There was a time when watersheds were off-limits to everyone

When did it become OK to log in a watershed?

Dear editor,

Who were the idiots that thought it was okay to log in a watershed?

It used to be that watersheds were sacrosanct and off limits to everyone and everything  (you used to have to have a permit and a health certificate to even enter a watershed) because the forest floor acts like a huge sponge that holds the rainwater and slowly releases it, while acting like a filter as the rainwater runs slowly through it, downhill, into the reservoir.

Logged off areas no longer absorb and filter water, they contaminate it with surface dirt and debris and we are seeing the results.

Having logged in our watershed means that the turbidity will go up every time it rains from now on until there is a new forest growing in the logged off areas and who knows how many years that will take.

The expense of boiling and or buying water is a considerable burden not only to businesses, but also to seniors, and others on limited incomes and on top of that, for the disabled, the extra work can be overwhelming.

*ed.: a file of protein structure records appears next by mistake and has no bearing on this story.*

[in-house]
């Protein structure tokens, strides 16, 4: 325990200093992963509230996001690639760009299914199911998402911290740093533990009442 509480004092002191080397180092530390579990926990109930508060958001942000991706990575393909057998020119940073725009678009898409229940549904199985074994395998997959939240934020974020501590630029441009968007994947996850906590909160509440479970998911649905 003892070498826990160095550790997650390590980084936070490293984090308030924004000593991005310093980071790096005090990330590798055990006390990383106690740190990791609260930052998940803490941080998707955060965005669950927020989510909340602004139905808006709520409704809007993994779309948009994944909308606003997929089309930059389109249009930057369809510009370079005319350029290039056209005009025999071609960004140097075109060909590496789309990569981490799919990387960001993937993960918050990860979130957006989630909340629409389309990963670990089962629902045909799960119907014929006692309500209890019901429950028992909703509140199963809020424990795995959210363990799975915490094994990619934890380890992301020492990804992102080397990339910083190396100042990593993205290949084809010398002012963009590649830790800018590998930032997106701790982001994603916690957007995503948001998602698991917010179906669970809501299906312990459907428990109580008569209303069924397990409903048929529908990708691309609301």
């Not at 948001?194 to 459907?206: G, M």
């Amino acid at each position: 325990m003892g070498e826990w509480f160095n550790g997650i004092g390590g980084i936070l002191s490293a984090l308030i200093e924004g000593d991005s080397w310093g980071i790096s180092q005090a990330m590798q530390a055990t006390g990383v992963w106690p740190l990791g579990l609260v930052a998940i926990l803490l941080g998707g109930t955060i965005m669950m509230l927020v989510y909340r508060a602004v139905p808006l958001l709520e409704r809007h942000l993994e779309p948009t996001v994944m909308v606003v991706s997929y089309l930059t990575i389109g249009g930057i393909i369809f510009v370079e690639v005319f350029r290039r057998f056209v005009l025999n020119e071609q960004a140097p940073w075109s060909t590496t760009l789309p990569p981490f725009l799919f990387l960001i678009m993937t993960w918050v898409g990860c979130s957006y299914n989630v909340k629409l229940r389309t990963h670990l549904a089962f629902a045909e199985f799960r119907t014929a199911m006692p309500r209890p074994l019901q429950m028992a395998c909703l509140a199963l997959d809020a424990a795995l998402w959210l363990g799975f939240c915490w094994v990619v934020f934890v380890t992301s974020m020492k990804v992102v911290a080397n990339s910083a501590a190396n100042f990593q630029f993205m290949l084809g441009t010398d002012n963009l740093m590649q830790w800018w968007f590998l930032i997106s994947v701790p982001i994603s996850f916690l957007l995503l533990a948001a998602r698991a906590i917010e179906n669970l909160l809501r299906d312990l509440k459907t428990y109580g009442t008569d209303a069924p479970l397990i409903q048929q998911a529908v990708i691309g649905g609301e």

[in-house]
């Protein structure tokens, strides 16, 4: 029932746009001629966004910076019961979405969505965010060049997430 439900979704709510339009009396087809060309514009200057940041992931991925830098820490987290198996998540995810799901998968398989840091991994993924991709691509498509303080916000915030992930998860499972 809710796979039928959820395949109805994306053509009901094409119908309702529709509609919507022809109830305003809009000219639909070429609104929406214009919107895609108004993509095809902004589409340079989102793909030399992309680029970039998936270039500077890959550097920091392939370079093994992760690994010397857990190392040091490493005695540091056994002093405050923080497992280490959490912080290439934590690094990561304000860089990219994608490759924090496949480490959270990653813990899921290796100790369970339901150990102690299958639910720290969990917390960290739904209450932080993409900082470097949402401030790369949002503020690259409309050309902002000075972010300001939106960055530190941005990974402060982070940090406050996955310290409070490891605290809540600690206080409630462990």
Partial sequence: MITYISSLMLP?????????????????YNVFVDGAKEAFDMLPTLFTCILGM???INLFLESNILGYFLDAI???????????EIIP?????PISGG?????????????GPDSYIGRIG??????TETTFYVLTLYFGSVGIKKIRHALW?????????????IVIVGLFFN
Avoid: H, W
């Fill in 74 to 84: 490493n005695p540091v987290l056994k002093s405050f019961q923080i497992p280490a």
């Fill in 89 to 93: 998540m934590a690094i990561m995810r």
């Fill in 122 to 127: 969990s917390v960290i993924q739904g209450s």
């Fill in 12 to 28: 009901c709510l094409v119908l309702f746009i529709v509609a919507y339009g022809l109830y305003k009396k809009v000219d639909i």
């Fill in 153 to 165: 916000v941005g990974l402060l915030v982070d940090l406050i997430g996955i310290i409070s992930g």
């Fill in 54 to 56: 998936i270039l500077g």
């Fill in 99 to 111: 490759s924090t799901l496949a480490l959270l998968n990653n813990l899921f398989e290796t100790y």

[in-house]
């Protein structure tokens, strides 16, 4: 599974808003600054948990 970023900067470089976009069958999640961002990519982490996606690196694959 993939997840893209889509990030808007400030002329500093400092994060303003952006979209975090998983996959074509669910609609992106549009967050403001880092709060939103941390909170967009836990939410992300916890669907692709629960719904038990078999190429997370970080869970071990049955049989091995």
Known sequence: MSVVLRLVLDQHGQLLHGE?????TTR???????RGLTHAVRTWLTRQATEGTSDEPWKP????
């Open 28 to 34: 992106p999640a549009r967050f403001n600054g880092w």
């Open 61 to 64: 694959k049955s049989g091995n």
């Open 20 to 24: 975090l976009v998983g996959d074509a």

We thought that in the case of a major quake or other disaster, 72 hours might not be long enough for water but never expected to use up our whole month’s supply of water that we had put aside in our survival kit because of heavy rains.

We are in a coastal temperate rainforest;  it rains here, a lot, mostly in winter.

When will people in authority learn that there are consequences to their decisions and sadly, all too often, those who are least able to endure those consequences are burdened with them?

 

 

Loraine Hudelson

Courtenay

 

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